"Cradle sheets of this thin, closely woven, white worsted stuff are not slimsy like thin flannel, yet are softer than flannel." From Alice Morse Earle's 1898 book Home Life In Colonial Days
"When he asked if she needed a rest, stubbornness caused her to refuse she didn't want him thinking she was soft and slimsy." From Dawn Shamp's 2008 novel On Account of Conspicuous Women
- DID YOU KNOW?
The reasons why some words flourish and others fall by the lexical wayside are often unclear, but what is clear is that "slimsy" is firmly in the latter category: it has very little current use. This doesn't have to stop you from using it though; "slimsy" is a blend of "slim" and "flimsy," and its meaning should be pretty much apparent to your audience if you're careful with the context. The word was first used in the mid-19th century and was at its peak of popularity in the early 20th, but who knows? Maybe the 21st century will see its revival.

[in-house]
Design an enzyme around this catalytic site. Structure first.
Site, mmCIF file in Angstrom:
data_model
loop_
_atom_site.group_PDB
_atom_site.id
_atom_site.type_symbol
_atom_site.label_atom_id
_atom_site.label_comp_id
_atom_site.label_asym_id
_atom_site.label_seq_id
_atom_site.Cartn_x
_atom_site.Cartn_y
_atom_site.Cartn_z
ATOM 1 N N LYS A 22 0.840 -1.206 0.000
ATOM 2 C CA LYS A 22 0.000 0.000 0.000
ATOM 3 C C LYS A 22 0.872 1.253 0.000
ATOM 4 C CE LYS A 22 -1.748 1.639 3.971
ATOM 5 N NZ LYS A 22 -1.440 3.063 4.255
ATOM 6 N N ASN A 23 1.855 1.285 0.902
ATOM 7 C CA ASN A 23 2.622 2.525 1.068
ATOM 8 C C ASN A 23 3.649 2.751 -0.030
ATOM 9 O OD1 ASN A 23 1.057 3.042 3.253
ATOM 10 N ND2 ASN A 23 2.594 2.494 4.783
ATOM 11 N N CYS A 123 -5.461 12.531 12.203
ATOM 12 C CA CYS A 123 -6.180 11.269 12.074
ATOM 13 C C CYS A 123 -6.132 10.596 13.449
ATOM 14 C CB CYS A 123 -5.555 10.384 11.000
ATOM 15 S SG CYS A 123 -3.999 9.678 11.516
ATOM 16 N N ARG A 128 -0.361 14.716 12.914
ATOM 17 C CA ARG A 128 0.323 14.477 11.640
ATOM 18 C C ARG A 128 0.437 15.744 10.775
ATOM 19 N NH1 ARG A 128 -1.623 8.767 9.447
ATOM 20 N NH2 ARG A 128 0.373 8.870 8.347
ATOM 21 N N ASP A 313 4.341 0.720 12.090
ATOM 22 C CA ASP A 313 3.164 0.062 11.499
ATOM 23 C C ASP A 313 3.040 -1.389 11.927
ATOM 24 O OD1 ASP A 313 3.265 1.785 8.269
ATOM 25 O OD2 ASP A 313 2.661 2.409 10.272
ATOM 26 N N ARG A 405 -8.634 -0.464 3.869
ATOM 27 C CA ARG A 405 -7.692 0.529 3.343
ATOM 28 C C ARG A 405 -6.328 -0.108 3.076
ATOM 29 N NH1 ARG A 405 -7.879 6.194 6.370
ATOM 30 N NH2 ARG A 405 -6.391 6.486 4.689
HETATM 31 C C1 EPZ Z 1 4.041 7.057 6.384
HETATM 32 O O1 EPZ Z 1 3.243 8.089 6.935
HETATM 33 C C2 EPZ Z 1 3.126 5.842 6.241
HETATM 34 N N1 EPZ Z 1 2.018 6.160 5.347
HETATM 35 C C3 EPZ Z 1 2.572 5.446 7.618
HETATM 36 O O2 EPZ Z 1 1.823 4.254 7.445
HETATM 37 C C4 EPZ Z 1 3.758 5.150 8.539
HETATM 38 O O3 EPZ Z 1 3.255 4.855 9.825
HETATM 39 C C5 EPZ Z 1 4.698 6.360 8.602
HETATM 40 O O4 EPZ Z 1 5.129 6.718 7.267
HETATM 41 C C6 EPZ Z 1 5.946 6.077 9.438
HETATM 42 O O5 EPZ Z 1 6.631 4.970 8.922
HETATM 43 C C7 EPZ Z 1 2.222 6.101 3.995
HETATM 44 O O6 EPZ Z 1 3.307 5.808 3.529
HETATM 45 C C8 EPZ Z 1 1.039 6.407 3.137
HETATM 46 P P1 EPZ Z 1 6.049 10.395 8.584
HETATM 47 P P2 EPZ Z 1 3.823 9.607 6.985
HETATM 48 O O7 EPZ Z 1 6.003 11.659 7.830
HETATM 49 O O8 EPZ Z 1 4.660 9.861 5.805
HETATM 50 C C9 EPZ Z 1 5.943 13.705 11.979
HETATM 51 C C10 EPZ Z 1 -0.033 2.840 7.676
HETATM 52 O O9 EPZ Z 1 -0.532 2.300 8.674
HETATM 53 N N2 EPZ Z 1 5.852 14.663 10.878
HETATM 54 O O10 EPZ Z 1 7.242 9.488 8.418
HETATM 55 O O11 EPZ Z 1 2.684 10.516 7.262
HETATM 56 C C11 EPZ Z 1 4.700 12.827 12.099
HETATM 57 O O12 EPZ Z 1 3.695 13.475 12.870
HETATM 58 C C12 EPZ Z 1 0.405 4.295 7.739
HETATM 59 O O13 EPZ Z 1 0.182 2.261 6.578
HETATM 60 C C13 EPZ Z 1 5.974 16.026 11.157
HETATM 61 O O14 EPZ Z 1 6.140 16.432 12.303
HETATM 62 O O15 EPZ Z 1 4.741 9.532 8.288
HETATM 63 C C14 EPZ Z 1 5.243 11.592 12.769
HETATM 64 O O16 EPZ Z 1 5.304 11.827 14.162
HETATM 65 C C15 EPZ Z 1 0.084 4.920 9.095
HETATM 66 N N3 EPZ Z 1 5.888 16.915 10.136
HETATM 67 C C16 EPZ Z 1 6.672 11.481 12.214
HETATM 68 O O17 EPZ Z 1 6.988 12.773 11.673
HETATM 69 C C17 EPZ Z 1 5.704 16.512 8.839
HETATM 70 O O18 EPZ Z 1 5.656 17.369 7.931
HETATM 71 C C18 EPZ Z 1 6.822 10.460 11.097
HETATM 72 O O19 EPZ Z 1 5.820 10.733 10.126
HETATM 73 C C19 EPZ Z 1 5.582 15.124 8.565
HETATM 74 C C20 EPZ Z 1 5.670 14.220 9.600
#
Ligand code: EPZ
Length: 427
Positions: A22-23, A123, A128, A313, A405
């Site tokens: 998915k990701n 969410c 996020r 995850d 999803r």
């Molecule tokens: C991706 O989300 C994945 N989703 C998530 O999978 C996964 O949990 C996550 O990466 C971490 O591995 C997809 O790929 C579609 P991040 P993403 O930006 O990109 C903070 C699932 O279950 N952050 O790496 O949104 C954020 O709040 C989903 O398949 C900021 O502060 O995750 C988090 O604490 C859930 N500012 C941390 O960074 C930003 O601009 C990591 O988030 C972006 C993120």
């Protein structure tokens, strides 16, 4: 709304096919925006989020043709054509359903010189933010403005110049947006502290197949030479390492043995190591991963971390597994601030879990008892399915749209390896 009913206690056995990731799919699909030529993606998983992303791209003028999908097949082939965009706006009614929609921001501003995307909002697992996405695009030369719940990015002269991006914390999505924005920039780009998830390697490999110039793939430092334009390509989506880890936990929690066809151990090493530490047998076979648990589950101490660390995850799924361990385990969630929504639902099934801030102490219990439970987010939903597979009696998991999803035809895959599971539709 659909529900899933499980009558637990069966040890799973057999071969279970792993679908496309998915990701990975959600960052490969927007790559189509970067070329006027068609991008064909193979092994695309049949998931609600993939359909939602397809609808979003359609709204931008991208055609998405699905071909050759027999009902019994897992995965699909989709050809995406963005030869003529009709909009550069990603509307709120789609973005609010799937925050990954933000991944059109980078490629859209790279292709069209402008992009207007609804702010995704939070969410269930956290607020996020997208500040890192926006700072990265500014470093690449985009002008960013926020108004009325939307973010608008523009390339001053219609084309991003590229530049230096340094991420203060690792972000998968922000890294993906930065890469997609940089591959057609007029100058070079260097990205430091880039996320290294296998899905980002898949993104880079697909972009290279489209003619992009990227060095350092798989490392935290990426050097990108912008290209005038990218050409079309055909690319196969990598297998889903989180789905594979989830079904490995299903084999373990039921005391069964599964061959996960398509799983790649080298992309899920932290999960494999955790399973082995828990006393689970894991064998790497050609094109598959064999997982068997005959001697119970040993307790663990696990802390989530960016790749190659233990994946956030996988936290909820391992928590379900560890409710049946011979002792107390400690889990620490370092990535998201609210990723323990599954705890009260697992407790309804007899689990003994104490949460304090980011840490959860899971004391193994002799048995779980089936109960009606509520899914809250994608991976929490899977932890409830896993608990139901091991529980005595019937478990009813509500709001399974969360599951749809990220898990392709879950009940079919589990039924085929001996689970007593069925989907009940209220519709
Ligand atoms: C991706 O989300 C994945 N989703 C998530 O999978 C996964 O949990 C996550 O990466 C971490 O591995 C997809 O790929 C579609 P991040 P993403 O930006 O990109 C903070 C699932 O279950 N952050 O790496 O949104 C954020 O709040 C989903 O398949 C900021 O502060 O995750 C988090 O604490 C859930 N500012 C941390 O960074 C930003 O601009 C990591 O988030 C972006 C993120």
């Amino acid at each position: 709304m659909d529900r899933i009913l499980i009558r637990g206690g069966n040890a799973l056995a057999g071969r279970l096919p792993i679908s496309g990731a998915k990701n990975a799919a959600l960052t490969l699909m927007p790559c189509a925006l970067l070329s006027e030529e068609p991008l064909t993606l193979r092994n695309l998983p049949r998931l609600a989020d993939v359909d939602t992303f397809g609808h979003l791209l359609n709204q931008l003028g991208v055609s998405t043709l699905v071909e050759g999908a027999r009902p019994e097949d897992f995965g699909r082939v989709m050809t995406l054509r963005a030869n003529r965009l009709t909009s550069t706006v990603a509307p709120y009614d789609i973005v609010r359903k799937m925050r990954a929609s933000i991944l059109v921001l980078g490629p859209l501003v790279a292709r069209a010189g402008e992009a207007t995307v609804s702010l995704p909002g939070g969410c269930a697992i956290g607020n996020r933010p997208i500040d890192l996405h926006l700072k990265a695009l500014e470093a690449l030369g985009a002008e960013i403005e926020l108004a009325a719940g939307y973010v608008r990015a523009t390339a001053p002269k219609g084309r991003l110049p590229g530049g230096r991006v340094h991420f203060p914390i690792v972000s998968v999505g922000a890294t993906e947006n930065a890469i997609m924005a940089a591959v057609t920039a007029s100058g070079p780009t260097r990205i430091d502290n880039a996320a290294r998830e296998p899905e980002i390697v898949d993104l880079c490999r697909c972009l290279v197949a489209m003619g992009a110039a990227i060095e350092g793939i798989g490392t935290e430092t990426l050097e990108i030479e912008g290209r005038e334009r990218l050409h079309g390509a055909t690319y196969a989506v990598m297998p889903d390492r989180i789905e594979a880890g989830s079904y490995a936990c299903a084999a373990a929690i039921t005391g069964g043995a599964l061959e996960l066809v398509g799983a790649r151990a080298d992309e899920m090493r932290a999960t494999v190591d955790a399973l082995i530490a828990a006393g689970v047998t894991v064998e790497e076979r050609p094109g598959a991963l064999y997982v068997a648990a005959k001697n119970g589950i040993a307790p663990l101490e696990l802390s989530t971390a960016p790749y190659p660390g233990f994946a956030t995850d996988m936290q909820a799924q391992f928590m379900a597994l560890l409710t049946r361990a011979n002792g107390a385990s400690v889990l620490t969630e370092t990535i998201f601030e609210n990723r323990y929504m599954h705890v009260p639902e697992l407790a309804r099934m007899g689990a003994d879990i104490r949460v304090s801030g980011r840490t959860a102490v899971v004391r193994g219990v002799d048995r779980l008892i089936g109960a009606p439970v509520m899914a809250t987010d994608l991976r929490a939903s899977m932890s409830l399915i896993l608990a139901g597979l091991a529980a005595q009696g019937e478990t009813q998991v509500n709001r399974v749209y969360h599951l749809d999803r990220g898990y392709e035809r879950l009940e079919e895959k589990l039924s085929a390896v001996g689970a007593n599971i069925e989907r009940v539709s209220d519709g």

Name That Synonym: Fill in the blanks to create a word that can mean "frail or flimsy in appearance or structure": s_i_d_y. The answer is ...
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